Righteous indignation is typically a reactive emotion of anger over perceived mistreatment, insult, or malice. It is akin to what is called the sense of injustice. In some Christian doctrines, righteous indignation is considered the only form of anger that is not sinful.
ReginaHolliday, the Walking Gallery, just completed this amazing jacket for my brother, Steven Baker. "Don't Tell Me To Zip It!"
What you see in our eyes is not disappointment, but righteous indignation!
The righteous indignation stems from research (my blog is an aggregate of that research) that easily uncovers a continuing systemic abuse of our government by elements of the entitled implanted medical device industry. The indicators are patient harm (mutilation, torture) and futile class action lawsuits that do not stop the perpetrators from exploiting others.
This morning the Senate Medical Technology Caucus was briefed (with the FDA/CDRH) about the new “Medical Device Innovation Consortium” an unnecessary and redundant platform for the industry to influence regulators and legislators.
Patients are the primary stakeholders. Patient engagement is a term that is not being honored. I am witness as a patient advocate who has dedicated much of my life the last 5 years to following protocol to determine why my brother’s elbow implant failed and to get him the care that he needs. It is clear to me that our government (FDA) is unable to assure that implants are safe and effective and subsequently unable to provide justice/assistance to correct the system so this does not happen to others.
The cost of this failure to U.S. healthcare consumers is staggering, but the profit of the device industry is driving exploitive legislation and status quo medical practice. Public education and public indignation is coming. Ethical CEO’s must get out in front and lead the US medical device industry to embrace patient adverse event reports as an essential, timely mechanism to improve product.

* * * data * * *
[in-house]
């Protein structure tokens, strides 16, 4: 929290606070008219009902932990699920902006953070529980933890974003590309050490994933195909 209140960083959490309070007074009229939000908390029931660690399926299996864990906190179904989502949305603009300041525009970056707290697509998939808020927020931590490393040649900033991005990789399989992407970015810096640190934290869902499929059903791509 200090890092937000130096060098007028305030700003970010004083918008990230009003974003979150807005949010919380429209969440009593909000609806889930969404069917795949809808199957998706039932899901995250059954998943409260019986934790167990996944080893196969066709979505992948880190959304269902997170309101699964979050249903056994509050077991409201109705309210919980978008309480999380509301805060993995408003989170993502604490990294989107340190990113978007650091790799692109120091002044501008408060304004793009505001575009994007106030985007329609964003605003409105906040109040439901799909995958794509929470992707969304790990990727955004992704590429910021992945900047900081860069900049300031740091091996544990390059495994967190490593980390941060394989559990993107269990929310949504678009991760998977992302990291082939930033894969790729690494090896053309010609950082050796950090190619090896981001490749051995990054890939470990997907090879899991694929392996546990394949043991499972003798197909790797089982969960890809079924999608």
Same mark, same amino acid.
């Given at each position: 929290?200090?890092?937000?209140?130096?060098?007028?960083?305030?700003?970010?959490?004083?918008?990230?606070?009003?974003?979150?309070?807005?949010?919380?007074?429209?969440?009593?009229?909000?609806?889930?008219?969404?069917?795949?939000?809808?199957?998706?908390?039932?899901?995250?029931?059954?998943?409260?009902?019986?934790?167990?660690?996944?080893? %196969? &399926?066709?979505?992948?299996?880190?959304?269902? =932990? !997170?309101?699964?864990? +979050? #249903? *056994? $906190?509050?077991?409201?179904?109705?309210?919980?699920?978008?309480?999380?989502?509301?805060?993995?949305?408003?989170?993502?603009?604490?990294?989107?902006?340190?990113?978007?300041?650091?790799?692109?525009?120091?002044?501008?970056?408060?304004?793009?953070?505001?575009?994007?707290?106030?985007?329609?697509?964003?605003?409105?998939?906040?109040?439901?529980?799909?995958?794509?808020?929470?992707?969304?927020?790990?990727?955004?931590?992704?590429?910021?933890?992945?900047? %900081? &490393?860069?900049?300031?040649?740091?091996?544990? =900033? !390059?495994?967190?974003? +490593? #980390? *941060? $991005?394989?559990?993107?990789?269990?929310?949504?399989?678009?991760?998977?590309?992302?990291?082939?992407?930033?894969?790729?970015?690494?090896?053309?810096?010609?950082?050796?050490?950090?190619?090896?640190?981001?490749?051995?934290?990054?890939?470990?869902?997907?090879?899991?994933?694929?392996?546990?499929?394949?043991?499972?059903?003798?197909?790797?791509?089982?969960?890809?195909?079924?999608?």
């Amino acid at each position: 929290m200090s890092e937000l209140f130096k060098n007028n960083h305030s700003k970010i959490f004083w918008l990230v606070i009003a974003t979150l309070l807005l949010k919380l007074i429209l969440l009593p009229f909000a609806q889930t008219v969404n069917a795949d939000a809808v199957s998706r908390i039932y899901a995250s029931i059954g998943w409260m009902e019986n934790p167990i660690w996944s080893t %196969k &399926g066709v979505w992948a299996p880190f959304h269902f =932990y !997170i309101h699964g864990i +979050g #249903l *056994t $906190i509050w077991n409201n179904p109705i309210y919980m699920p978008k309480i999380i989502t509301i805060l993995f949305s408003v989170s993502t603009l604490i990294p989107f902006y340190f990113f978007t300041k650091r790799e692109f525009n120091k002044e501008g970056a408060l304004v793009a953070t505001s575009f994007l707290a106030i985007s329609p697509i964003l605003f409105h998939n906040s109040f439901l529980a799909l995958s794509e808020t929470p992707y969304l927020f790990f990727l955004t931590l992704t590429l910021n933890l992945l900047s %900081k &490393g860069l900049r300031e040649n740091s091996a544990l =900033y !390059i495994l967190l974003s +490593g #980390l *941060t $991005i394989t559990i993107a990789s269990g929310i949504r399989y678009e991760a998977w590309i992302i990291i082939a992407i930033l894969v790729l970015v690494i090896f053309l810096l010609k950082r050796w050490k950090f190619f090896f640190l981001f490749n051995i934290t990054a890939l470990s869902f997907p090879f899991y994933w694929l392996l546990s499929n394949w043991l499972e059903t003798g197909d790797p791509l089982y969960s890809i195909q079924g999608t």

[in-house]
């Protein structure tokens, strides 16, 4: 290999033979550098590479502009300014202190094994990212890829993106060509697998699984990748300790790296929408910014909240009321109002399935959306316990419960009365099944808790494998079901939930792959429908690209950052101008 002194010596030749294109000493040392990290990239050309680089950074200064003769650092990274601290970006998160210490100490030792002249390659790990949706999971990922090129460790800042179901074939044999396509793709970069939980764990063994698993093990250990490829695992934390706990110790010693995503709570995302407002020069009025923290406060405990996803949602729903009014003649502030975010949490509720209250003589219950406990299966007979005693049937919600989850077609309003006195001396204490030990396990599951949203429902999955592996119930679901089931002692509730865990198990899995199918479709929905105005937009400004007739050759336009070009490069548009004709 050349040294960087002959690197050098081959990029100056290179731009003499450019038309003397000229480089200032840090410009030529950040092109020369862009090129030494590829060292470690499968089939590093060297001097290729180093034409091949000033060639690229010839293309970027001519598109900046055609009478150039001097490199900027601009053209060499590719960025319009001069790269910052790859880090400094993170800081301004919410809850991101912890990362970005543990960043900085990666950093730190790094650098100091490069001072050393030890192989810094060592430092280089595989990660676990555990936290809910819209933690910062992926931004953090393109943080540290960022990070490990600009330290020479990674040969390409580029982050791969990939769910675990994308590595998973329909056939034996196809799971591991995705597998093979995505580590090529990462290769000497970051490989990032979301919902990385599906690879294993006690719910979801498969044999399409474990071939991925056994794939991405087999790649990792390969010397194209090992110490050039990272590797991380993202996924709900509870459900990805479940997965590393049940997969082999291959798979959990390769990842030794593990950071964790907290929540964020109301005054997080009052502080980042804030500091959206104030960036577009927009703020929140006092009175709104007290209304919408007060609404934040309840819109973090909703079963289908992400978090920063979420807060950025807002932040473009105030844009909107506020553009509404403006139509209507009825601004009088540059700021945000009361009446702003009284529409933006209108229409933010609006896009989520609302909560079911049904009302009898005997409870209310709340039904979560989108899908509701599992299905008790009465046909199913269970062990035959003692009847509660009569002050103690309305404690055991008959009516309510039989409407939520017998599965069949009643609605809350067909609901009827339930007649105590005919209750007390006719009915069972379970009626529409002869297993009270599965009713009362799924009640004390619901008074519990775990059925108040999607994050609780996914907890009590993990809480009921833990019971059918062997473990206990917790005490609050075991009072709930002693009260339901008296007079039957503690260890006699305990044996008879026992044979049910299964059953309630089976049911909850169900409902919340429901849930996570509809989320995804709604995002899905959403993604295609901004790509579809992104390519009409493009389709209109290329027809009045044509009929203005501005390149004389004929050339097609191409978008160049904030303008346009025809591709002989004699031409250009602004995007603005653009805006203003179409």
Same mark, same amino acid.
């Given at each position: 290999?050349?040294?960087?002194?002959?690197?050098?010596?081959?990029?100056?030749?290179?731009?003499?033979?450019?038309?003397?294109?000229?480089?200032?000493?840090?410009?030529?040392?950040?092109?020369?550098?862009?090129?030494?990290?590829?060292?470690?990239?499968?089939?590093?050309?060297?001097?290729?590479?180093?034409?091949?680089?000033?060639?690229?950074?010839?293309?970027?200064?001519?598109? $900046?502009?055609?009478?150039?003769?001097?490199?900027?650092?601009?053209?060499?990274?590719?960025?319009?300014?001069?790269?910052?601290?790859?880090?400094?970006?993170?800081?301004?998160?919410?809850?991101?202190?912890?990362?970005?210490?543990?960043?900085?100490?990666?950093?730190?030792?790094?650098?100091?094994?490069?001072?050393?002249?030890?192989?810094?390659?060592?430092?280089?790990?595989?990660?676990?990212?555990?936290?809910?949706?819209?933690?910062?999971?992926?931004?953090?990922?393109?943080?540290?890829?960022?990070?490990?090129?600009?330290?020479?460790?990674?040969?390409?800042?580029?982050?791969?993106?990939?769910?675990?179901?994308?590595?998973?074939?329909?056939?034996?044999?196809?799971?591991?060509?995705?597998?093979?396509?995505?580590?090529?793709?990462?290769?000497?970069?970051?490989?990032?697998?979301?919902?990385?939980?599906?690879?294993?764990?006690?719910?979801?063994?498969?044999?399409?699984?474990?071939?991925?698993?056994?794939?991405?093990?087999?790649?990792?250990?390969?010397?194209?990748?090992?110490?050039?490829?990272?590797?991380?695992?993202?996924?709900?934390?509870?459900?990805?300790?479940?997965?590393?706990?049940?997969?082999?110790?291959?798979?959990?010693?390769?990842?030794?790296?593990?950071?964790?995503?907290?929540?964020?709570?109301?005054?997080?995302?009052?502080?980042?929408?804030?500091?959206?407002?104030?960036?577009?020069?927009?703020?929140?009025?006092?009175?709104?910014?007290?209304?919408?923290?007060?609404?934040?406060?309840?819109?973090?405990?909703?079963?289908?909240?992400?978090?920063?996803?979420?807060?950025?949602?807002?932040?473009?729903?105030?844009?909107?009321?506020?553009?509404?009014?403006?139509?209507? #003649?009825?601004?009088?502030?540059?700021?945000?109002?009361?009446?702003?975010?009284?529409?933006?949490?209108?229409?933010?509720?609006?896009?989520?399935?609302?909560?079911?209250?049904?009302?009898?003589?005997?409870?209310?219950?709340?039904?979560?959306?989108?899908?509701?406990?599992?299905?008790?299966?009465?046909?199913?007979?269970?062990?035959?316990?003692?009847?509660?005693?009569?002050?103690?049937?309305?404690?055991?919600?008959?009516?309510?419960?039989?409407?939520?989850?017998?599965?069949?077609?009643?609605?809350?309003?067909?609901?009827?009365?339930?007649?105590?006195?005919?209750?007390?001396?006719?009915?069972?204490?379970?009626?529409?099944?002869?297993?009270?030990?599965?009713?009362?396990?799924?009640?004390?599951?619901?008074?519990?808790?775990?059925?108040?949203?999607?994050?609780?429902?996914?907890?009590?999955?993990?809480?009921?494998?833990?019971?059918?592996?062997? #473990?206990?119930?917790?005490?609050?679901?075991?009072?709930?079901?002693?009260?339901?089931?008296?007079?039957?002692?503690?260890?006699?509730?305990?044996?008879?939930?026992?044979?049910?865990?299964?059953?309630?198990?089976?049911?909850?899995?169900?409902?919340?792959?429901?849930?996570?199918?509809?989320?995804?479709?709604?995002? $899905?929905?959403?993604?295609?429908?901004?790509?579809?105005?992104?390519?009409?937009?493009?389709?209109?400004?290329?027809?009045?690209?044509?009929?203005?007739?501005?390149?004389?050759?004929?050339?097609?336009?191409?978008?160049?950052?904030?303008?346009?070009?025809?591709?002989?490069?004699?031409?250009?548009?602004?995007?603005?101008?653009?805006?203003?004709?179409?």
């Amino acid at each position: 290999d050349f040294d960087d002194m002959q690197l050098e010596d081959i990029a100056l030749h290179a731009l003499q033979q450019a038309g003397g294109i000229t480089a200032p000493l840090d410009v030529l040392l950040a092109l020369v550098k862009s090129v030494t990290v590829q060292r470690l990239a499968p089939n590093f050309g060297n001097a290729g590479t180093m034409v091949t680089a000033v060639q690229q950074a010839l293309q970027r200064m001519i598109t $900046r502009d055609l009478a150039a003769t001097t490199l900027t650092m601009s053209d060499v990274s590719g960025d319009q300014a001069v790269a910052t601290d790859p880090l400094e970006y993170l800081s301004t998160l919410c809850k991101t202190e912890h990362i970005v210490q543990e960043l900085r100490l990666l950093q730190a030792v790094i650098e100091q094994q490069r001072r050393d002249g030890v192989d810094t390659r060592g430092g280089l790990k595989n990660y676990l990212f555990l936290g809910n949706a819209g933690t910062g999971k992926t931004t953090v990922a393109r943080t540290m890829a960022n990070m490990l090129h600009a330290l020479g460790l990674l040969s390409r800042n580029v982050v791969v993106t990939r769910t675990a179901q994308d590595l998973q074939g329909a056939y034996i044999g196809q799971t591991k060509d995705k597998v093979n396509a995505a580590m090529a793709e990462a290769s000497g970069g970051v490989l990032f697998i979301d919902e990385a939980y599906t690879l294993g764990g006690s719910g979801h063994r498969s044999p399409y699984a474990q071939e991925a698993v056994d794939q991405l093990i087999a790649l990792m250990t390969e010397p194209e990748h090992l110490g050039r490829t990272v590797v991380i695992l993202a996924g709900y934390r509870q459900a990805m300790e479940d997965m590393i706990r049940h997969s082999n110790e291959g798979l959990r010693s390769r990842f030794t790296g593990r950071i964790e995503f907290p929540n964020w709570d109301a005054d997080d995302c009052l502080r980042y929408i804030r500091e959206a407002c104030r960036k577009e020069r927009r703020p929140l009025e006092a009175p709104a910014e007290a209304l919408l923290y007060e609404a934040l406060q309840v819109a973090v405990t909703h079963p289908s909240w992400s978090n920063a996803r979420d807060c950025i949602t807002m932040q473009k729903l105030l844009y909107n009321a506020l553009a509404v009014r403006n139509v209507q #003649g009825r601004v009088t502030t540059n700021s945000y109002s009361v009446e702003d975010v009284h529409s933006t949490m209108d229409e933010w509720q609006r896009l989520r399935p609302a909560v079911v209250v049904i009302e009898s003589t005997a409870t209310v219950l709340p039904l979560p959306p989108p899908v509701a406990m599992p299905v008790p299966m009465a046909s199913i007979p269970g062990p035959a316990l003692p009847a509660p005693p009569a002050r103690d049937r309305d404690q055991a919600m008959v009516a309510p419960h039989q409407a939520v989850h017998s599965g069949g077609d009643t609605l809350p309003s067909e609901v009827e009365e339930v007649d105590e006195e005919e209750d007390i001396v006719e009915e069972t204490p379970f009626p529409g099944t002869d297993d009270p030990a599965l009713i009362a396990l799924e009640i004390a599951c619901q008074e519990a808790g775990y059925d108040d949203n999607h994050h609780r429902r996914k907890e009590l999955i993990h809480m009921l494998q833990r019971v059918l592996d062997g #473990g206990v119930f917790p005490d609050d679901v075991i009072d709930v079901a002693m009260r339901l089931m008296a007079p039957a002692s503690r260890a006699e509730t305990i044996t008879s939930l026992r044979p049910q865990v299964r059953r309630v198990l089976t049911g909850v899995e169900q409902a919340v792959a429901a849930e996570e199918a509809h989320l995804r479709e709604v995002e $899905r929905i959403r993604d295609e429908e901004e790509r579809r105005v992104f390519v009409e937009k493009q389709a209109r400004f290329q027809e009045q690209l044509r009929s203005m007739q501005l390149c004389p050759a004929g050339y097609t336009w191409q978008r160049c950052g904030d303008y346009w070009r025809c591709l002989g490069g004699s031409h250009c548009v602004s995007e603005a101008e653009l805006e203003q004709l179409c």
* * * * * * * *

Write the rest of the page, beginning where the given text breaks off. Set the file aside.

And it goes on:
Dear MDIC founders,
"Maura Donovan, PhD" <email@example.com>
Dale Wahlstrom <firstname.lastname@example.org>
Please accept this as my application for MDIC membership. Please waive the $5000 annual fee. I represent patients harmed by failed implants with the goal of making implants safer and more effective. FDA/OSHI has interviewed me, I attended a FDA Patient Representative workshop and testified at 2 CDRH Town Hall meetings and the first MDUFA meeting 1/2011. I understand that MDIC is interested in inclusion of all stakeholders in this new 501(c)3 nonprofit partnership. I look forward to working with you.
By Associated Press, Updated: Monday, December 3, 10:11 AM
WASHINGTON — The Food and Drug Administration says it will collaborate with medical device manufacturers on a public-private partnership designed to speed up the development of new medical technology.
The agency says it hopes to offer guidance to the Medical Device Innovation Consortium, a new industry-backed group that aims to simplify the design and testing of medical devices.
Medical device makers have criticized the FDA for an overly burdensome review process, which they claim slows down development of important new therapies. Congressional Republicans have held several hearings to scrutinize the agency’s system.
Faced with criticism from industry and Capitol Hill, the FDA has been highlighting efforts to slash red tape and accelerate review times.
The new consortium was created by LifeScience Alley, a Minnesota-based industry group that includes leading manufacturer Medtronic Inc.